The biggest story of the off-season was Miye Oni being selected in June’s NBA Draft. The Yale junior and reigning Ivy Player of the Year decided to leave school early and leave his name in the draft. Despite falling to the late second round, a perilous spot to making an NBA roster, Oni impressed in the Summer League and earned a guaranteed contract with the Utah Jazz. He is playing just as well in the pre-season and looks to be a real steal for the Jazz.
On Wednesday morning, coach Dave McLaughlin released the schedule for Dartmouth men’s basketball. The Big Green’s 14 Division I nonconference games, heavy on regional opponents and light on highly ranked rivals, will be highlighted by trips to Tampa to take on the defending College Basketball Invitational champion and Lowell for the inaugural River Hawk Invitational.
The Green have only five non-Ivy games at Leede Arena, but they will get to see neighboring Vermont, which is the three-time defending America East regular season champion and ranked in the Top-100 heading into this season. The team will hit the road for 10 games before league play, including the Nov. 8 opener at defending MAC champion Buffalo, which went 32-4 last year and made it to the second round of the NCAA Tournament.
- The Dartmouth men have completed its staff for the 2019-2020 season with the hiring of Steve Ongley as an assistant coach. Ongley spent last year on Jim Engles’ staff at Columbia, where he worked with the front court players. Prior to that, he was an assistant for four years at Colby College, the alma mater of Big Green head coach Dave McLaughlin.
Ongley replaces John Andrzejek, a Columbia graduate and one-time Lions student manager who joined former boss Kyle Smith’s staff at Washington State. There has been no announcement from Columbia for its replacement of Ongley.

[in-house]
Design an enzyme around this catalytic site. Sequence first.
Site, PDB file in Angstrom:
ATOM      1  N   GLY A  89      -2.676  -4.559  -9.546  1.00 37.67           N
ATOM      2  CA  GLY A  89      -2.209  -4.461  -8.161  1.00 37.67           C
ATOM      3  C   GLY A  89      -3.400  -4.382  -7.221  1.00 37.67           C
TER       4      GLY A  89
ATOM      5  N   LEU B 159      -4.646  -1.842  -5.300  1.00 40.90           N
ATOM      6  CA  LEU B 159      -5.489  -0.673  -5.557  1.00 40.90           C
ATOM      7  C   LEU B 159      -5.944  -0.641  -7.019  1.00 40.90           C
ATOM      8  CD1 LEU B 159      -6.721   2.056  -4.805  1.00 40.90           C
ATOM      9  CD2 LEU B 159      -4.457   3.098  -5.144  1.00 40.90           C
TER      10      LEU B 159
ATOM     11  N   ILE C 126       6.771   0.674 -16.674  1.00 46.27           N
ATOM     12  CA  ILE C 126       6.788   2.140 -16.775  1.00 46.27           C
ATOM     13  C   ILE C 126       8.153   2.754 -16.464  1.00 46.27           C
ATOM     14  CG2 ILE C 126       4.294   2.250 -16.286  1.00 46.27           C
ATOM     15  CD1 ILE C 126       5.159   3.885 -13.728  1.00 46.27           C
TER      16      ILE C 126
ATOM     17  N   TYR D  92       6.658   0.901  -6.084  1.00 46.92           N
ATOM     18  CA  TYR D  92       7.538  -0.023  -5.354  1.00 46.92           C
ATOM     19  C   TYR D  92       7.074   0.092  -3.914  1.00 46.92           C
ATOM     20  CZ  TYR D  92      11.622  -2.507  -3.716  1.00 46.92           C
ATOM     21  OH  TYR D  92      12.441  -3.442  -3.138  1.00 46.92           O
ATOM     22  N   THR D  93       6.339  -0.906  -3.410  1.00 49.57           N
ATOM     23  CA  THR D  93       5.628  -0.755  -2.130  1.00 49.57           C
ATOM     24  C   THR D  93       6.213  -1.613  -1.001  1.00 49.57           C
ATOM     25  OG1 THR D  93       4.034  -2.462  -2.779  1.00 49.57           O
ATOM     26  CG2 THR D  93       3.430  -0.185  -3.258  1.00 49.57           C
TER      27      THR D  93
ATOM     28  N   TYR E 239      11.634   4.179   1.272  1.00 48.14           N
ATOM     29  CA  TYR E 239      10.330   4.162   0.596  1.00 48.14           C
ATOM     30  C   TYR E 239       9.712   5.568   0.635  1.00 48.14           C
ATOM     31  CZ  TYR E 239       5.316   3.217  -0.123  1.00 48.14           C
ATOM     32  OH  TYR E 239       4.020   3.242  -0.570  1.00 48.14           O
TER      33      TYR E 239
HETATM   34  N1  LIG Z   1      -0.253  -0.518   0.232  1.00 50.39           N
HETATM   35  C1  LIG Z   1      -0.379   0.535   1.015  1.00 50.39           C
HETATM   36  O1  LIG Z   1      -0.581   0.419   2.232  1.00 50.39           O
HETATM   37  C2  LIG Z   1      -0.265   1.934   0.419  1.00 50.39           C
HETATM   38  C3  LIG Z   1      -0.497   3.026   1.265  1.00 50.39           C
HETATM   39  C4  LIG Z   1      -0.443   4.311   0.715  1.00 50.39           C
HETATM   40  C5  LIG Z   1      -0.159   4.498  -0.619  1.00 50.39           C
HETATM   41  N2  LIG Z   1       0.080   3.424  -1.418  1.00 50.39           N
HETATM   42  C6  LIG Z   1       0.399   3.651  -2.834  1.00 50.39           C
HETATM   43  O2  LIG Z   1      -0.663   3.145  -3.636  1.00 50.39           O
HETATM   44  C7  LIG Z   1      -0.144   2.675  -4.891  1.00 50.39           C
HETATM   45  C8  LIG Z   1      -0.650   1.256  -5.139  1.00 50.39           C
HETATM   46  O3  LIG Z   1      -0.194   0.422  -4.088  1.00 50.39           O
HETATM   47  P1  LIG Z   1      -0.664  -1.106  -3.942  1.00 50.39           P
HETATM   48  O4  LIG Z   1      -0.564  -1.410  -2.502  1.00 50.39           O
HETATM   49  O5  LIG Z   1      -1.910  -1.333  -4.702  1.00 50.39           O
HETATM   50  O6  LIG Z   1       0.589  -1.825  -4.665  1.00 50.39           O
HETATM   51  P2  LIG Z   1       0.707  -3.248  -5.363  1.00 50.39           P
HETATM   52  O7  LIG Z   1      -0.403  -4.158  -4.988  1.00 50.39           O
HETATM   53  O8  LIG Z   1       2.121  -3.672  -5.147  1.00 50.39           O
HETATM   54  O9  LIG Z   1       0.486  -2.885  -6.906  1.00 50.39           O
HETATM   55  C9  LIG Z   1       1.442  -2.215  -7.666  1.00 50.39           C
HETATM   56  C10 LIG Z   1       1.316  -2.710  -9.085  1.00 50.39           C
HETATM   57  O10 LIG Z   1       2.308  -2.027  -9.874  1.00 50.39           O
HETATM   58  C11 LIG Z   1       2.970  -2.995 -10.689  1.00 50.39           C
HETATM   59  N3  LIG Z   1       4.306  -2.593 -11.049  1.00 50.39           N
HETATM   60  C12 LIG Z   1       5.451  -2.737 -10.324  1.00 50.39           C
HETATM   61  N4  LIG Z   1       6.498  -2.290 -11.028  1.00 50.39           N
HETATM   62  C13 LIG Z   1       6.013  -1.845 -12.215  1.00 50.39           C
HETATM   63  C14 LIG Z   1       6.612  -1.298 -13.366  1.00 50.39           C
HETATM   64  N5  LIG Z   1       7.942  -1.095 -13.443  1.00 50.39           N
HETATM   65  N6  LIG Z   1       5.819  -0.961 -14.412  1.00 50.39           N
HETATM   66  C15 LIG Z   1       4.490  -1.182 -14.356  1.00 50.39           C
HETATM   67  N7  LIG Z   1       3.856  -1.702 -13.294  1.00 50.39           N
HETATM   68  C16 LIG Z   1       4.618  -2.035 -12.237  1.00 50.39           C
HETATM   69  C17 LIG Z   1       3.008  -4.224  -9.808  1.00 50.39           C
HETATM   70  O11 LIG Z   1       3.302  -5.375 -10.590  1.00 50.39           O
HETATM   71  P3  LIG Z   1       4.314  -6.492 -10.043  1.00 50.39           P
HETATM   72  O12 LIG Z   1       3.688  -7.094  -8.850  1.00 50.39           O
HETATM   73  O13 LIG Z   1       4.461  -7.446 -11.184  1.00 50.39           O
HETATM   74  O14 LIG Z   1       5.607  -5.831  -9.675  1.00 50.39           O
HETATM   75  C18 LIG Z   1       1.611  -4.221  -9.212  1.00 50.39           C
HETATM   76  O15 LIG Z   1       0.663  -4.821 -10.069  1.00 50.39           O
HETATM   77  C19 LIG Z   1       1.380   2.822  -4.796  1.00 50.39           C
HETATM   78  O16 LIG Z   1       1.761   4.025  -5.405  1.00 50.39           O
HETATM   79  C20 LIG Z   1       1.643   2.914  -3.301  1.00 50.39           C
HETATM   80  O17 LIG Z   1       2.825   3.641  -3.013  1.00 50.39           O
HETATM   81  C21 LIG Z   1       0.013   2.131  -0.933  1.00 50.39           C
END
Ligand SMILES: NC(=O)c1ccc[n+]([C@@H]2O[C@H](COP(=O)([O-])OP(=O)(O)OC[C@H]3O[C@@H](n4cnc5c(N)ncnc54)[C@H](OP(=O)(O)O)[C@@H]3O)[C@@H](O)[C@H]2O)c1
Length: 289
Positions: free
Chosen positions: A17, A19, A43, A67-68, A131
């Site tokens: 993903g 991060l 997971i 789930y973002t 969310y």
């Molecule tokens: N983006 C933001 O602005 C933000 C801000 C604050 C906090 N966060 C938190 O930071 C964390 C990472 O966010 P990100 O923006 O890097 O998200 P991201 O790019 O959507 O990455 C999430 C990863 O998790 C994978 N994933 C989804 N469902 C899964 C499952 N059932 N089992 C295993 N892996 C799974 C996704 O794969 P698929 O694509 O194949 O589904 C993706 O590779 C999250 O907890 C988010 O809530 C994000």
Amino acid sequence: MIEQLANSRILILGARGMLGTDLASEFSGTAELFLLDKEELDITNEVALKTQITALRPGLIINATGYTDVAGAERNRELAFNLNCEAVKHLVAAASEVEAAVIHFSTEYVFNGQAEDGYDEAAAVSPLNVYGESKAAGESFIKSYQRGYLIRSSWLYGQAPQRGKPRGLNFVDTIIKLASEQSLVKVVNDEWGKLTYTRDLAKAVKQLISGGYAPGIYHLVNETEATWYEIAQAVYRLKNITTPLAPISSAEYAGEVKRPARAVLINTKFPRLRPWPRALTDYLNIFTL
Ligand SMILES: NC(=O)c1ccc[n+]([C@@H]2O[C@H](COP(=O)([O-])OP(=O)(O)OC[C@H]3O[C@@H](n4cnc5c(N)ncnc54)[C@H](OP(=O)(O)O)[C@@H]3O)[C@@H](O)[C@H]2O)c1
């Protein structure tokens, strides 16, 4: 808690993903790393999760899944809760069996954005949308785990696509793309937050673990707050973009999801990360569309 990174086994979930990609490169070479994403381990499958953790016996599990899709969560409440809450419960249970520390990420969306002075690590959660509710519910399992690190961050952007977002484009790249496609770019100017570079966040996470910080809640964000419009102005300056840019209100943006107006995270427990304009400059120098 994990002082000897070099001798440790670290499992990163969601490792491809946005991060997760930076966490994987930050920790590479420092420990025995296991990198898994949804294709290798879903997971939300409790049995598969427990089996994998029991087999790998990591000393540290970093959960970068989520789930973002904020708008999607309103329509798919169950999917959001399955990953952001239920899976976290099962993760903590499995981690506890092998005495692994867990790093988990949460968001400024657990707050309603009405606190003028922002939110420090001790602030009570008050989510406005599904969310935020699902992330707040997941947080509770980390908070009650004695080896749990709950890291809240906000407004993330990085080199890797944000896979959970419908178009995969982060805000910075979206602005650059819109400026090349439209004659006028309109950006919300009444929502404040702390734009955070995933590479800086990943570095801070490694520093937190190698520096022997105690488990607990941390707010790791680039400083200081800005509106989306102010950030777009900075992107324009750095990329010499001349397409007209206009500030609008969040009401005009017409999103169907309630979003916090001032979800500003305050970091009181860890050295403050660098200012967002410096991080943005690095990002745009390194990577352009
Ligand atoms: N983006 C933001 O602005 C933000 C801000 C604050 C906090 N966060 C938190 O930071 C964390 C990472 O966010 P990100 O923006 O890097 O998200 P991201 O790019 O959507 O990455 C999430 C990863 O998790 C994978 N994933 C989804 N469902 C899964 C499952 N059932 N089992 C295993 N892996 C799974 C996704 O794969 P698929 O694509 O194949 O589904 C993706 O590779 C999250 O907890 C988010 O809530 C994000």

- Princeton women’s coach Carla Berube finished the hiring of her new staff, with the announcement of Helen Tau as director of basketball operations. Tau, a 2014 graduate of the University of Texas who was a walk-on in her senior year, spent 2014-2016 as a graduate assistant for the Longhorns and then worked for Georgetown as director of video operations the last two seasons.
Tau replaces Jessica Imhof, who went to the University of North Carolina to join former Tigers coach Courtney Banghart.
Another week full of Ivy news, with none bigger than Courtney Banghart’s move from Princeton to North Carolina. The former Big Green All-Ivy guard and Tigers head coach signed a five-year contract to take over a Tar Heels program that needs a new start. Per Jeff Gravely of WRAL in Raleigh, Banghart’s contract starts at $650,000 in 2019-2020 and increases to $730,000 in 2024-2025. Athletic and academic bonuses are included that can increase the yearly salary by $10,000 to $470,000.
Mar. 20, 2019: a sparse but committed crowd enters the Pizzitola Sports Center as Brown men’s basketball hosts a playoff game, its first in five years. Hosting the UAB Blazers, the event is part of the College Basketball Invitational, a minor national tournament. The event is meant to mark the end of a historic season for Brown. Though it ended in disappointment, the regular season yielded 19 wins, tied a program record, so the event should be fun and happy.
But the atmosphere is muted because the situation is more complicated than that.